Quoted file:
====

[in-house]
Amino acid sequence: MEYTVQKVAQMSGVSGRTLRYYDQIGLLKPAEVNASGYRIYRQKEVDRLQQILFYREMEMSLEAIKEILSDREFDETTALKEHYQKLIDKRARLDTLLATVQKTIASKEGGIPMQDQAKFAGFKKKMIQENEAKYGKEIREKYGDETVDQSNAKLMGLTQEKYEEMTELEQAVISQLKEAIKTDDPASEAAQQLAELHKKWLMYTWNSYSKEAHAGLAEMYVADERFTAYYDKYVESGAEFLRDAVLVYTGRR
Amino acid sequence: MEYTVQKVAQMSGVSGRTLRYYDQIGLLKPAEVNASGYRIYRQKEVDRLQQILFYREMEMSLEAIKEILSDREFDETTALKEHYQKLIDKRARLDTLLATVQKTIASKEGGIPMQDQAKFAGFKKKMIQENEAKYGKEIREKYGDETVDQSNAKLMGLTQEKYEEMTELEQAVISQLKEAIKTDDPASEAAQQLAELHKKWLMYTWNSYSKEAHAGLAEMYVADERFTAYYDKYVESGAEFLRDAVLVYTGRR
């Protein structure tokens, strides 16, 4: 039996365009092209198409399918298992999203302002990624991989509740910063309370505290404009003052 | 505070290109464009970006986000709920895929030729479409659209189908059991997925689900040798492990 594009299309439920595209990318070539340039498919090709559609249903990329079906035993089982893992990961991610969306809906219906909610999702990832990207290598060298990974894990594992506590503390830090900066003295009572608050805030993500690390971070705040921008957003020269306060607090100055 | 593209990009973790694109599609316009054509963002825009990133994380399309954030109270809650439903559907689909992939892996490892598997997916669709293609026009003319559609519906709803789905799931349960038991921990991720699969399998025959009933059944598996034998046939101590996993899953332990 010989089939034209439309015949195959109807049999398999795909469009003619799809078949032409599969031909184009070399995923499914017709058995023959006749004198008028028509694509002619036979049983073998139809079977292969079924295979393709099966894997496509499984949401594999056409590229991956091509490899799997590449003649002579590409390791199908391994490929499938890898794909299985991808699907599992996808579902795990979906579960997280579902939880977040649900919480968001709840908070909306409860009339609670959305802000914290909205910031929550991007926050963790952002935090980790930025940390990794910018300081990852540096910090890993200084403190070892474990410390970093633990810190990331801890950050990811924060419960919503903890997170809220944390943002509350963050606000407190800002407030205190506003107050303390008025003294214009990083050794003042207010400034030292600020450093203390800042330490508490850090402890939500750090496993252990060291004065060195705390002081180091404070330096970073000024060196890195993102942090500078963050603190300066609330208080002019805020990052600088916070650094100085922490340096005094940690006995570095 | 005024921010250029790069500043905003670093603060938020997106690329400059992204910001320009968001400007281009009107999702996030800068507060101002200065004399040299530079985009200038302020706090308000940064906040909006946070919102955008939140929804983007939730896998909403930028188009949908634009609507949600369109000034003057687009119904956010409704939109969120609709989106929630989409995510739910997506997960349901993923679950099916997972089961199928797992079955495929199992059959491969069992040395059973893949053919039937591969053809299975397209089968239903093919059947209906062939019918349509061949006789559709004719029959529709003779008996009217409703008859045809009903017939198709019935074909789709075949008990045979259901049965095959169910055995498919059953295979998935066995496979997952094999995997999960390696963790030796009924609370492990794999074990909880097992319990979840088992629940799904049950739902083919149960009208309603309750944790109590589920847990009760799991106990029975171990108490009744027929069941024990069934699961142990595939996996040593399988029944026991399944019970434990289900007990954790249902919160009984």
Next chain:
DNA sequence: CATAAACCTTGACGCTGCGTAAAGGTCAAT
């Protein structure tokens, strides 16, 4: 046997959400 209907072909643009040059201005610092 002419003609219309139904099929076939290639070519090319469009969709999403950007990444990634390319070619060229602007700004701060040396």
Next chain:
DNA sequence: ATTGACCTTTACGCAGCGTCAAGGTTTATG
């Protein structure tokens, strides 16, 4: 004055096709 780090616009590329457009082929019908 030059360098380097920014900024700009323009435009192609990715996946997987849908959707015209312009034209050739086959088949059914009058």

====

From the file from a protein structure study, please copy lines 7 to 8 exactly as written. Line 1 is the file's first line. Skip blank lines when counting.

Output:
């Protein structure tokens, strides 16, 4: 046997959400 209907072909643009040059201005610092 002419003609219309139904099929076939290639070519090319469009969709999403950007990444990634390319070619060229602007700004701060040396």
Next chain: